But taking out the engineer’s is a more complicated task than just sending in the cops, as for each wound an engineer sustains a new lethal weapon from the wound. This is a brilliant idea and brings some really amazing scenes to the movie – the alligator woman is easily amongst one of the most impressive creatures ever to be put on scene.

At the same time Ruka has serious issues stemming from her childhood – she was grimly traumatised when she saw her cop father shot at point blank in the head during a demonstration – this incident has Ruka taking her angst out on her self through self mutilation. But it’s also an angst that she shares with the lead protagonist The Scientist as their pasts are linked in several ways.

When the scientist starts killing victims as well – apart from creating new engineers – the police force lead by Tokyo Police Chief [Yukihide Benny] demands that the engineers be stopped at all costs when they start finding the scientists victims – drained from blood and cut up into parts left in cardboard boxes. Ruka is obviously set on the case and goes after the Scientist, but the closer she get’s the more she learns that they share similar backgrounds. After fighting the Scientist in the subway, and actually being defeated, the Scientist encourages Ruka to “remember it all” and then inserts a key into her… Ruka faces some real issues now when she, the top cop, also is infected and doomed to become an engineer!

After fellow police officer is lured into a set up – which features the outlandish bordello and modified prostitutes, one which becomes the fantastic alligator woman - and turned into a diabolic engineer too, the Police Chief declares war on the engineer’s and Ruka – now with a foot in each camp has some shocking revelations ahead of her.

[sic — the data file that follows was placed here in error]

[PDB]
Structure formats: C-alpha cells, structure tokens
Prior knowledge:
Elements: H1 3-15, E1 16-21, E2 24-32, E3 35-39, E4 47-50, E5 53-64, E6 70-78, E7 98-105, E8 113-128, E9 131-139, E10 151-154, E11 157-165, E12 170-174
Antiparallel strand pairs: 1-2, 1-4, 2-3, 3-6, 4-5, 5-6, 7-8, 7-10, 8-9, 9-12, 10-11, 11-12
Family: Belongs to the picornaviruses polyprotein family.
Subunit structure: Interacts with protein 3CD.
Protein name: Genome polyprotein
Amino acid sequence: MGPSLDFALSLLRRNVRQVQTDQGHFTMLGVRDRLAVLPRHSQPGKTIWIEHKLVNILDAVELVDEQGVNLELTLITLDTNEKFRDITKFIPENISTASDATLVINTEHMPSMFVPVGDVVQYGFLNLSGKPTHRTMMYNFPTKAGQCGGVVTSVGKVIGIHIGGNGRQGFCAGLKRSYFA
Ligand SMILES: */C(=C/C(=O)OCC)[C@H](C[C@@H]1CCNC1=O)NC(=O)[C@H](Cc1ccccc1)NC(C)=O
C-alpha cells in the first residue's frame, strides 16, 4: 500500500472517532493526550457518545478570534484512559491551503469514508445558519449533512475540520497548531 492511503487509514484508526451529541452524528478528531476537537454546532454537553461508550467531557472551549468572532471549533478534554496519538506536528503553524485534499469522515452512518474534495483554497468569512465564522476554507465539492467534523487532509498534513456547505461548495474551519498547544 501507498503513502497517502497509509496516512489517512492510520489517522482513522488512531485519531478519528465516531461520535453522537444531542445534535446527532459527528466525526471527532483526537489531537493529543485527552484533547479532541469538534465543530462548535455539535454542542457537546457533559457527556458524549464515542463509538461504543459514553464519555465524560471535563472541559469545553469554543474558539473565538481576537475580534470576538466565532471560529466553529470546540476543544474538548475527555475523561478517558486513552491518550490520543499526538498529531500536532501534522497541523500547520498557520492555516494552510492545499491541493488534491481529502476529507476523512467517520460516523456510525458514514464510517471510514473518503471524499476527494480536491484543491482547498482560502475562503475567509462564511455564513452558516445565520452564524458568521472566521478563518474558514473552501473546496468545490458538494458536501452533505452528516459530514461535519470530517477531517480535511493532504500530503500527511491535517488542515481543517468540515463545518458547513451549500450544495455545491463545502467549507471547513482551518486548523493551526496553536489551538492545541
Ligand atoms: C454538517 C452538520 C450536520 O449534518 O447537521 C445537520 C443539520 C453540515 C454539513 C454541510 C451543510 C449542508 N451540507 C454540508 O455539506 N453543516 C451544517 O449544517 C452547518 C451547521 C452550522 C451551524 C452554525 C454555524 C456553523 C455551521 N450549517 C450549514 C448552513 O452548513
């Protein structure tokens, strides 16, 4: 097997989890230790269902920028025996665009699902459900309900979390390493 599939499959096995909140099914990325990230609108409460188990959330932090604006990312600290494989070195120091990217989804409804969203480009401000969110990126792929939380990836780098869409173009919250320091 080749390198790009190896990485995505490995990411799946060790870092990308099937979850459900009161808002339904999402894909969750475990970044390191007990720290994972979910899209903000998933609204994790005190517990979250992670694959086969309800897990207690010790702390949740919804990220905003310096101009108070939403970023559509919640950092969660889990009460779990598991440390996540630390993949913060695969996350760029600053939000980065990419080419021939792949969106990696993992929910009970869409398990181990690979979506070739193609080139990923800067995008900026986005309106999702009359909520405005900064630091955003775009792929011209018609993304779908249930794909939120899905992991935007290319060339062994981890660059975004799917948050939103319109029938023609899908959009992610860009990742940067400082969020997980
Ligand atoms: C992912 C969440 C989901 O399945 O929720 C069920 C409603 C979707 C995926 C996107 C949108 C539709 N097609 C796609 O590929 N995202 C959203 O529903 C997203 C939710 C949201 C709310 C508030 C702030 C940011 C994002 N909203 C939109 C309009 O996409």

If you just want a taste of this film, then simply watch the opening sequence. I guarantee that it will shock you, seduce you and draw you right in. It’s packs a punch in the face opening like no other movie has for ages. And after setting up this fabulous tone, the movie starts exploring it’s narrative. There’s a great back-story that unravels throughout the movie and new information is put forth for each step closer to finding the lead engineer –Key man [Itsuji Itao]. Once he’s found, Ruka’s character has to revaluate her life as much of what she has previously thought to be one thing turns out to be a complete different one. There’s a wonderful complexity to the characters that really makes a difference. There are no simply good or bad characters, as they all hold both sides of the spectrum. Bad guys have very reasonable reasons for their actions and in some ways are acting in the name of good, and the same goes for the good guys who also are conducting foul deeds even if it’s in the name of good. It’s interesting and brings a density to the movie above the traditional linear narrative and classic archetypes.